After its first season, the series underwent a drastic retooling under the direction of new producer Frank Mancuso, Jr. A time shift occurs between seasons, pushing events from the “present day” to an indeterminate period in the near future, which suddenly has become a wannabe dystopia somewhat clumsily explained by the aliens’ continuing efforts to seize control of the planet before a new invading armada arrives. We’re introduced to a new set of aliens, who promptly kill off all the remaining aliens from the film and the series’ first season before getting on with their own version of extraterrestrial conquest. The biggest change was the decision to remove both Ironhorse and Norton Drake from the cast, replacing them with a pre-Highlander Adrian Paul as mercenary John Kincaid.
Thin plots, even thinner budgets, and mediocre production values saw to it that War of the Worlds was canceled after its second season. Still, the series managed to hastily and somewhat inelegantly bring about a “finale” of sorts to the storyline begun in the 1953 film, rather than leaving us hanging like so many other TV science fiction shows of the 1980s and 90s tended to do.
So, is War of the Worlds (the series) worth checking out? While it will likely never appear on anybody’s “Best of TV Science Fiction” lists, it’s still something of a guilty pleasure for me, flaws and all. This is due in no small part to my being a fan of pretty much all things War of the Worlds and my ongoing fascination with decades of sequels, adaptations, and new interpretations of the original novel. Though I never was able to fully get past the first season’s attempt to convince us that no one remembered the 1953 invasion, several episodes take fun dives into the lore established by the film, which is like chocolate-covered meth for a movie/TV nerd like me.
(So, it should come as no surprise that I own the series on DVD, and I still have my copy of J.M. Dillard’s novelization. The book is actually a really fun read and better than the episode it adapts, especially if you’re a fan of the film and want to see how Dillard was able to connect far more dots between the movie and the series. I also own a few fanzines devoted to the show and featuring new stories with the characters, and one of my earliest attempts at writing was a :: gasp! :: sequel to the series. It’s never been published, or seen by anyone who’s still alive to corroborate its existence, so don’t bother asking. 😀 )
Hard to believe it’s been 30 years since this show premiered. Yep, this might very well clinch it: I’m old(er).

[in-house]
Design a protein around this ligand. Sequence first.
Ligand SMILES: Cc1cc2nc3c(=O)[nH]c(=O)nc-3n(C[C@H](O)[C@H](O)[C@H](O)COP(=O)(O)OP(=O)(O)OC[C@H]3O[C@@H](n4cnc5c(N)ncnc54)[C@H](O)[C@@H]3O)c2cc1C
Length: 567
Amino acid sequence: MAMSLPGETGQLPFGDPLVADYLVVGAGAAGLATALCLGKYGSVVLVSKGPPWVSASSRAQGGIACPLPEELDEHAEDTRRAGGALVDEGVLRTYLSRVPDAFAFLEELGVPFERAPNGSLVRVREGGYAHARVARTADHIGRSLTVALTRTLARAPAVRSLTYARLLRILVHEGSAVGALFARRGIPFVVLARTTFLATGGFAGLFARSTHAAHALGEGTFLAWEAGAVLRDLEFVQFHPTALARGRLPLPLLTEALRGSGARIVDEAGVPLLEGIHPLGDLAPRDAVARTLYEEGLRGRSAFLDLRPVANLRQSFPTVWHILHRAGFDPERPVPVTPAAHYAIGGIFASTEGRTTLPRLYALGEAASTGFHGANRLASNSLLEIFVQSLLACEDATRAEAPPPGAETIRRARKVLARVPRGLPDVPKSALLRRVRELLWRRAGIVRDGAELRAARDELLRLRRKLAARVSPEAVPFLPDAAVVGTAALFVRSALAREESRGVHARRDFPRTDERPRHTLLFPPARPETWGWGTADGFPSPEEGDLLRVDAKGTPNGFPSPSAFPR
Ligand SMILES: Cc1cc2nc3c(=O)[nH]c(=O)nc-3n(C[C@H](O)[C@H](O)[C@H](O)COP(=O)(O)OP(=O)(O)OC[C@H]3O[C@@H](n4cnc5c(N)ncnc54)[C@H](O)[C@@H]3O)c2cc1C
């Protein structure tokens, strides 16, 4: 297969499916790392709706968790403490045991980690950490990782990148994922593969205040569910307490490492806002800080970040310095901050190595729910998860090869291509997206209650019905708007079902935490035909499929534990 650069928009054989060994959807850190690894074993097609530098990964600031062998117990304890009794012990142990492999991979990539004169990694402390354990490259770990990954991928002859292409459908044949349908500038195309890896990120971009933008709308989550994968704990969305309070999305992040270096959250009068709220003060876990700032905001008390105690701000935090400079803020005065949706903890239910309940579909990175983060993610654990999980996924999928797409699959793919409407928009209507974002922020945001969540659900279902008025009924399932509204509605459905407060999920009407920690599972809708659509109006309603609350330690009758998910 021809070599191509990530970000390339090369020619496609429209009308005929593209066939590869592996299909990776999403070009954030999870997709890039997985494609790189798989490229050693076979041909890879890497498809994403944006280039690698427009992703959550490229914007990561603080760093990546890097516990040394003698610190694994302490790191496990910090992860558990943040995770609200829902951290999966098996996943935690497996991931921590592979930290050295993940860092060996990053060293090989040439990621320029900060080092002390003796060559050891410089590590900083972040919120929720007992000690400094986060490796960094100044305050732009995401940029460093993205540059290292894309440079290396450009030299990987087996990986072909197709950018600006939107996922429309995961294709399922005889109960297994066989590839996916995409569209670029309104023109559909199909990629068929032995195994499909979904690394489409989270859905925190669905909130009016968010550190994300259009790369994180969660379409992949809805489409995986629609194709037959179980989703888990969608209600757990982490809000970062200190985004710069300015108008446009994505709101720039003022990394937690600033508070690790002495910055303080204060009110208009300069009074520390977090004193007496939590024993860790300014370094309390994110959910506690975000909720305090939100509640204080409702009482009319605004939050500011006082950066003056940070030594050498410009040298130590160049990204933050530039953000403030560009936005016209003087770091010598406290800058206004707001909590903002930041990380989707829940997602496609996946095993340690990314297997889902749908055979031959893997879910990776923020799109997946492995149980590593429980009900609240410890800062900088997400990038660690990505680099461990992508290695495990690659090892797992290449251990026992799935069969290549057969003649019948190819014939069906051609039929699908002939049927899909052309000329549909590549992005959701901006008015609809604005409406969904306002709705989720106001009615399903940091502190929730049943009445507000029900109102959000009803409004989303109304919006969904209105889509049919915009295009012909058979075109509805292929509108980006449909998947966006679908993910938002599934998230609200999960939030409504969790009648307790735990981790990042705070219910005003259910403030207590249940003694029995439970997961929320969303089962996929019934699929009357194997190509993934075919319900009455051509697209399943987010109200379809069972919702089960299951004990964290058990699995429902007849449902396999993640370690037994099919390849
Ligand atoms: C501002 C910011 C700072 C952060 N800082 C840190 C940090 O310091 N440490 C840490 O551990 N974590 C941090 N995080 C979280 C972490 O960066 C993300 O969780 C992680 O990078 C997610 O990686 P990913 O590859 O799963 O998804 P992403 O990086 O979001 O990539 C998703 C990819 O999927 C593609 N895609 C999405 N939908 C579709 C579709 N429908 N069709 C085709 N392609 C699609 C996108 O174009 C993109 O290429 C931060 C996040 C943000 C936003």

To life immortal, yo.
6 thoughts on “Happy 30th anniversary to War of the Worlds….the TV series?”
I reviewed the first season on my blog a while back. I liked season 1 in first-run for its great cast chemistry, but in retrospect, I realized it was quite badly written (largely by pseudonymous non-union writers during the ’88 strike, apparently) and had lousy production values. Season 2 was far worse, though, in large part because it killed off half that great cast — specifically, both of the non-white cast members were killed, and all of the new cast members were white. Somehow I doubt that was a coincidence.
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Not sure, but your site might have been hacked… I get this when I try to follow the link below.
Sent from my iPhone
I’m not sure which link you mean. The only link in the article itself is to another of my blog posts (https://daytonward.wordpress.com/2018/08/26/happy-65th-anniversary-to-the-war-of-the-worlds/)
Race didn’t play a part of it, more like politics. Under Canadian law for a film to call itself Canadian it has to have a certain percentage of Canadian actors and if FMJ was going to bring in Andrian Paul, something had to give. Also, with Mancuso’s idea’s of taking the team underground the paraplegic, computer hacker and the government, military liaison had to go.
Also, hope you don’t mind but I shared this to the facebook group about the series I am an admin of.
Thank you and blessings.
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I didn’t know there was such a group. Cool!
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Belated reply to Michael Henry: First off, you have it backward. Philip Akin is Canadian (since age 3 when his family moved from Jamaica to Ontario), while Adrian Paul is an Englishman who’s been a US resident since 1984. So ditching Akin (with Richard Chavez) in favor of Paul made the cast *less* Canadian, not more.
Second, that excuse for eliminating Norton didn’t wash. Mancuso claimed it was because they’d be on the run and wouldn’t have a permanent base that a person in a wheelchair could function in, but they moved into a new permanent base in episode 2 and stayed there for the rest of the series. Norton could’ve functioned there just as well as before. As for Col. Ironhorse, there’s no reason he couldn’t have stayed on the team once it went underground, since he was defined more as a soldier than as a government man. He was also the most popular character on the show, so killing him off was stupid whether or not it was racist.